By the Wake Forest Business & Industry Partnership
It’s not unusual in Wake Forest’s corner of the Triangle to hear “opportunity is as abundant as community.” That speaks to the town’s growing diversity, its variety of recreational opportunities, and the rich mix of retail destinations it offers, including charming local shops as well as popular national retailers. It also speaks particularly to the unique and robust business ecosystem scattered throughout the town, claiming space in business and industrial parks, downtown incubators, Class A office suites, and even residential bonus rooms and garages.
“Wake Forest’s workforce is over 24% more educated than the rest of the country,” said Jason Cannon, president of the Wake Forest Business & Industry Partnership. “It only makes sense that we’d reflect the tech boom happening across the Triangle. We have the workforce to support advanced tech jobs, a lifestyle that is more than desirable for singles, young families, grandparents moving closer to grandkids, and all those in between. We have abundant greenways, parks and nearby Falls Lake with amazing hiking trails, an historic downtown that attracts 10,000-plus people for events, award-winning coffee roasters and breweries, and so much more that has created a place that is booming for business during work hours and after.”
While the Triangle is known for the presence of “big fish” companies like Lenovo, IBM and Cisco, Wake Forest boasts a unique twist on its thriving tech economy. In lieu of corporate headquarters—although a few have made their home here—the story of business development in Wake Forest is one of homegrown, entrepreneurial success. Many of the community’s most successful companies, including Ultra Maritime, the Wireless Research Center, and Radeas Labs, got their start in Wake Forest. Often launching from home garages, more than a few Wake Forest-grown businesses now find that their influence has global reach.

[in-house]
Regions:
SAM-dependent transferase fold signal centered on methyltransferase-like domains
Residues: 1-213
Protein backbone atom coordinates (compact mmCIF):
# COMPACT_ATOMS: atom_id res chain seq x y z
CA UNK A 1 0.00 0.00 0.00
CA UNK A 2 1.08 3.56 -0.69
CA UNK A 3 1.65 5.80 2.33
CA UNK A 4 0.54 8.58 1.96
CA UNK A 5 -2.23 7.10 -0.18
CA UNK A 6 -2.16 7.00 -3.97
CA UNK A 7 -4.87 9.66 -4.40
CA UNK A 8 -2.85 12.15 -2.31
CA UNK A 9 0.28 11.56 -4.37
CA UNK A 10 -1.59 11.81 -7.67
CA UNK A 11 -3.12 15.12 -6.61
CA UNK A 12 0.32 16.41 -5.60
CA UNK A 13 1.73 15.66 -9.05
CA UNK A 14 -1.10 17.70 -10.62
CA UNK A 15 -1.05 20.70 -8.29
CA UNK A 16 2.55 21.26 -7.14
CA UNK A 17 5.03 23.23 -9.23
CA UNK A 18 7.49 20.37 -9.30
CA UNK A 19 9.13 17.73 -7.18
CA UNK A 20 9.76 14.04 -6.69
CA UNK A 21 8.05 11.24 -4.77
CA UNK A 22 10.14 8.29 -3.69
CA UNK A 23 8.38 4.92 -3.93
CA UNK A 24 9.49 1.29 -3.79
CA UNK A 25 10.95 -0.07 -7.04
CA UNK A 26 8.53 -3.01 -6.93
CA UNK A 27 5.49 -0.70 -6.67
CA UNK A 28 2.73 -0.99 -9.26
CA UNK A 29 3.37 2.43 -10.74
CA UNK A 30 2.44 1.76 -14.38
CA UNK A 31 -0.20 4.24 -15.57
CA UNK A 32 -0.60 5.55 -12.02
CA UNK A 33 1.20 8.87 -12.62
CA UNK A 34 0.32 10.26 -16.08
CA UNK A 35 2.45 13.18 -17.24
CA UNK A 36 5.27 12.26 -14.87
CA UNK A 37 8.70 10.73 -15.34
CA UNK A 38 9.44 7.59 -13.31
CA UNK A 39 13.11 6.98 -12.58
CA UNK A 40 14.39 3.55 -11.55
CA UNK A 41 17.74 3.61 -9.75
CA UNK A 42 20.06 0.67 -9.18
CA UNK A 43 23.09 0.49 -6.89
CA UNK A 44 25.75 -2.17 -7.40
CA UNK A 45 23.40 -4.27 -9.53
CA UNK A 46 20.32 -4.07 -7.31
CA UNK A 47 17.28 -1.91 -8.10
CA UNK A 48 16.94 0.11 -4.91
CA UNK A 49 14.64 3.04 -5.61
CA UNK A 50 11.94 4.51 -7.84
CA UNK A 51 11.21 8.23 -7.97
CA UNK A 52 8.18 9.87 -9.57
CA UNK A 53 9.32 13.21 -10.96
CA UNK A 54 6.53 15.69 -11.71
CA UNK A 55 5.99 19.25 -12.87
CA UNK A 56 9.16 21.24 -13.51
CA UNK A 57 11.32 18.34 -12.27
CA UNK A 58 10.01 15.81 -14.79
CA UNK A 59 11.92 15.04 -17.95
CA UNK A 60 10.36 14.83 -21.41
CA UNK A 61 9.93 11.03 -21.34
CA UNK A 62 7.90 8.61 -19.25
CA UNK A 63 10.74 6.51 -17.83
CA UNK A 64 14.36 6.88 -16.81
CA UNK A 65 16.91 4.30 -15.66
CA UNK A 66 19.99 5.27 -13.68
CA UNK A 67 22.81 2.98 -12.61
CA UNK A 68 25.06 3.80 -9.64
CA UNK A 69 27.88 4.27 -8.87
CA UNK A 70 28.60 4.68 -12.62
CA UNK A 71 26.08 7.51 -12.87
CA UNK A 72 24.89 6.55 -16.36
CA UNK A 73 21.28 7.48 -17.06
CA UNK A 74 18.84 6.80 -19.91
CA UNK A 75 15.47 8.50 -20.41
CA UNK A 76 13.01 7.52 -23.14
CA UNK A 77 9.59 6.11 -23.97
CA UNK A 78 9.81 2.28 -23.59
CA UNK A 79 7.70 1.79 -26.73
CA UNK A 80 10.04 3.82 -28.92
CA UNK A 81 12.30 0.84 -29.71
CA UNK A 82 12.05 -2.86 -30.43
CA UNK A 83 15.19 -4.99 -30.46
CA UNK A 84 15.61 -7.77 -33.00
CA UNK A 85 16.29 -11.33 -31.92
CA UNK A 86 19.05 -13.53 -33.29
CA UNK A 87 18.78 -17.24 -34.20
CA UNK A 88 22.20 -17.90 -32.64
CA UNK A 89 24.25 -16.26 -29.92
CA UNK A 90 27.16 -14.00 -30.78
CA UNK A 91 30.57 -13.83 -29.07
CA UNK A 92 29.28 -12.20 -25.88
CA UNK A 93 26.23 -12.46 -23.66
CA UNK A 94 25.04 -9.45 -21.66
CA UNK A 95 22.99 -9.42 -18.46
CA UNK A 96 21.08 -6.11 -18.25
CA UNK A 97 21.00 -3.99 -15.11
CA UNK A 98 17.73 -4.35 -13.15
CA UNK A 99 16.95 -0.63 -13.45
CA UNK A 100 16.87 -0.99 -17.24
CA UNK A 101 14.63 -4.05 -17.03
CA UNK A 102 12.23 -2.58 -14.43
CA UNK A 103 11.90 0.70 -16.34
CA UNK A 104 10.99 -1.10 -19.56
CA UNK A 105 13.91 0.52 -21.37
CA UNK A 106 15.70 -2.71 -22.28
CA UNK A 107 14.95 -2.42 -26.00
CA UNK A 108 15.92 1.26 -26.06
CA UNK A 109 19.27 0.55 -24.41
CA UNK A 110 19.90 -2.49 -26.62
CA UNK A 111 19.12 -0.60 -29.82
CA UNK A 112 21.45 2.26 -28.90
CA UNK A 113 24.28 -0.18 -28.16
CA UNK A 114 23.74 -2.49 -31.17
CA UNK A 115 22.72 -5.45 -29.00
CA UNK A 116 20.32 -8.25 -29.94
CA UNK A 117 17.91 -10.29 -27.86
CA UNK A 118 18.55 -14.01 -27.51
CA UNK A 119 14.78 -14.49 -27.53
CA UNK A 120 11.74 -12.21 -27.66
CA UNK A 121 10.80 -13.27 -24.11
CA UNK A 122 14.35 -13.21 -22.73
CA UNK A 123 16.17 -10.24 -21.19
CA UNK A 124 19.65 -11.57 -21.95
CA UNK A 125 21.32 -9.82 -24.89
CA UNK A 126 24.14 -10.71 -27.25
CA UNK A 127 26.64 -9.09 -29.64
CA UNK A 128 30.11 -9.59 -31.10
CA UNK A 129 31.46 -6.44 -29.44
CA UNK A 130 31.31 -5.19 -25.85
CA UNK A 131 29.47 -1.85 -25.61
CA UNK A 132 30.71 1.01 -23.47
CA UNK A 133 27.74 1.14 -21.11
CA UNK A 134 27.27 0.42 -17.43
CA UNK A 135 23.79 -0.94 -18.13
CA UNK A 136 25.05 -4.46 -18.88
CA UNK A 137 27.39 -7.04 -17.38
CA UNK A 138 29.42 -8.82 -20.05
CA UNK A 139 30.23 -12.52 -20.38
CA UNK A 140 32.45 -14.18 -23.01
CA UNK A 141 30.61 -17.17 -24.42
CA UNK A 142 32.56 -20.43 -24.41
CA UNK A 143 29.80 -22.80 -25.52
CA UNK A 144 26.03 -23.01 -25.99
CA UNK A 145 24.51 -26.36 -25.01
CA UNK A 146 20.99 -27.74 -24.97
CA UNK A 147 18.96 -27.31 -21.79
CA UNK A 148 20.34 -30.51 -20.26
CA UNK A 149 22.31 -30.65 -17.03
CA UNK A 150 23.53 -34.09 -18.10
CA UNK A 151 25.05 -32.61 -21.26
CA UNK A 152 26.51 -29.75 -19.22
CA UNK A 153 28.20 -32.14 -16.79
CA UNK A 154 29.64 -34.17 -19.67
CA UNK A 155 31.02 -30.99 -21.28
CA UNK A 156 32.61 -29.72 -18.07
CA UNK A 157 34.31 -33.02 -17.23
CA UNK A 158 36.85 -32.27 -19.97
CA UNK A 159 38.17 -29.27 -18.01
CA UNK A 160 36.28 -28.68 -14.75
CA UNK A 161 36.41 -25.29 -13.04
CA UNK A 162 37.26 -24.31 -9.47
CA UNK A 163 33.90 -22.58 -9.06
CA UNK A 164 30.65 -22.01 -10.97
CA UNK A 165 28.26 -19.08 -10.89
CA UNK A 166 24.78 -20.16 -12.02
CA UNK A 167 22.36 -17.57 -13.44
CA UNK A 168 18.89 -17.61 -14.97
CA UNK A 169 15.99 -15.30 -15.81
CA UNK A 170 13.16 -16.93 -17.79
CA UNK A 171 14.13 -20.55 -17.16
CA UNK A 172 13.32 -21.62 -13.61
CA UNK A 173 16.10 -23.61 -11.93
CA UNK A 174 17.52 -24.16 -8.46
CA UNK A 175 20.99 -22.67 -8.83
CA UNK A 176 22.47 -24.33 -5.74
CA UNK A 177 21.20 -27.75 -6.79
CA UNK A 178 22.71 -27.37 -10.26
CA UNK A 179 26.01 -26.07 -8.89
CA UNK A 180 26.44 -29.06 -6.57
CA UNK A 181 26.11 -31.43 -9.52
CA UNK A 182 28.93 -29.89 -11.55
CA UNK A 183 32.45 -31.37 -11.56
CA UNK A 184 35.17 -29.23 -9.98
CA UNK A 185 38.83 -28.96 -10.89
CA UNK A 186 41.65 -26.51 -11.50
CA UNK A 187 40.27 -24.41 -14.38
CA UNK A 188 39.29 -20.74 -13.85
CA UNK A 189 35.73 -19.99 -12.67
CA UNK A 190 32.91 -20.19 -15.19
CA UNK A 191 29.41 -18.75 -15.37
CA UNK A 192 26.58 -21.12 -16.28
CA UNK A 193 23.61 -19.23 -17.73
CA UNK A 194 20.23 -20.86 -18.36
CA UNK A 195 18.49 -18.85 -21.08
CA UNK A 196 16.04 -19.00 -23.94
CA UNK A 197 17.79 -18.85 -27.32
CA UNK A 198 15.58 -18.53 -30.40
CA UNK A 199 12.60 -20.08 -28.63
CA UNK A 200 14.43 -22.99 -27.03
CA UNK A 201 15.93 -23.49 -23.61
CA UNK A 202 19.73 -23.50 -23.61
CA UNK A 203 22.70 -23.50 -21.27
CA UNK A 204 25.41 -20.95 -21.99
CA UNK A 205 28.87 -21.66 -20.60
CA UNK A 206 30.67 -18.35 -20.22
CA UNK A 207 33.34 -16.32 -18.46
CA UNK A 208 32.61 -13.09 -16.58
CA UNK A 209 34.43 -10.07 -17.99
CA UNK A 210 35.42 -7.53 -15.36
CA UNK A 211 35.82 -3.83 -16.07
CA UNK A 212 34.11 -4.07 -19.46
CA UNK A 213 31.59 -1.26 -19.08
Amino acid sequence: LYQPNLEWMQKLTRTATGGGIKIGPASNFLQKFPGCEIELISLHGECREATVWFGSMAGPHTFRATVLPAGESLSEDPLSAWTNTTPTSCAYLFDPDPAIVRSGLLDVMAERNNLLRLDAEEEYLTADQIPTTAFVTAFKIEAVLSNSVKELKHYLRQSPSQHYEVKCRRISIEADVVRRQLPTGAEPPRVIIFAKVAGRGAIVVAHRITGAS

The Wireless Research Center boasts one of the world’s most sophisticated anechoic chambers—used for advanced testing on wireless capabilities—and has helped launch more than 80 startup companies. The WRC is a hub for local and global companies to come and test future technologies. Ultra Maritime creates high-tech sonar, radar and acoustic defense systems for the Department of Defense and U.S. allies globally, while Radeas Labs currently operates as a leader in Wake County’s fight against COVID-19 through its operation of an expansive network of virus testing sites across the northern part of the county. In addition, any number of entrepreneurs and businesses in Wake Forest can readily be found pioneering new innovations and developing technology ranging from green tech to biotech to the software of the future.
One factor ensuring Wake Forest remains a key contributor to the Research Triangle Region’s tech boom is what the town has deemed its “infrastructure of innovation.” In the same way that communities require infrastructure like roads, sewer and electrical lines in order to grow and succeed, leaders with the Town of Wake Forest are committed to providing entrepreneurs and businesses with the resources they need to really thrive, as well. This innovation infrastructure helps provide members of the business community with quality-of-life amenities like parks, greenways, and dozens of fun town-sponsored events and activities each year. This is in addition to supporting technological advancements like expanded fiber infrastructure, business resources like a robust culture of mentorship, workspace opportunities—like the soon-to-launch downtown incubator and coworking space, Loading Dock Wake Forest—and the 200-acre, mixed-use technology park being developed by the Wake Forest Business & Industry Partnership.
Expected to surpass 50,000 residents this year, Wake Forest has approached its rapid growth strategically, providing access, connectivity and the energy of a big city—all while maintaining its small-town charm.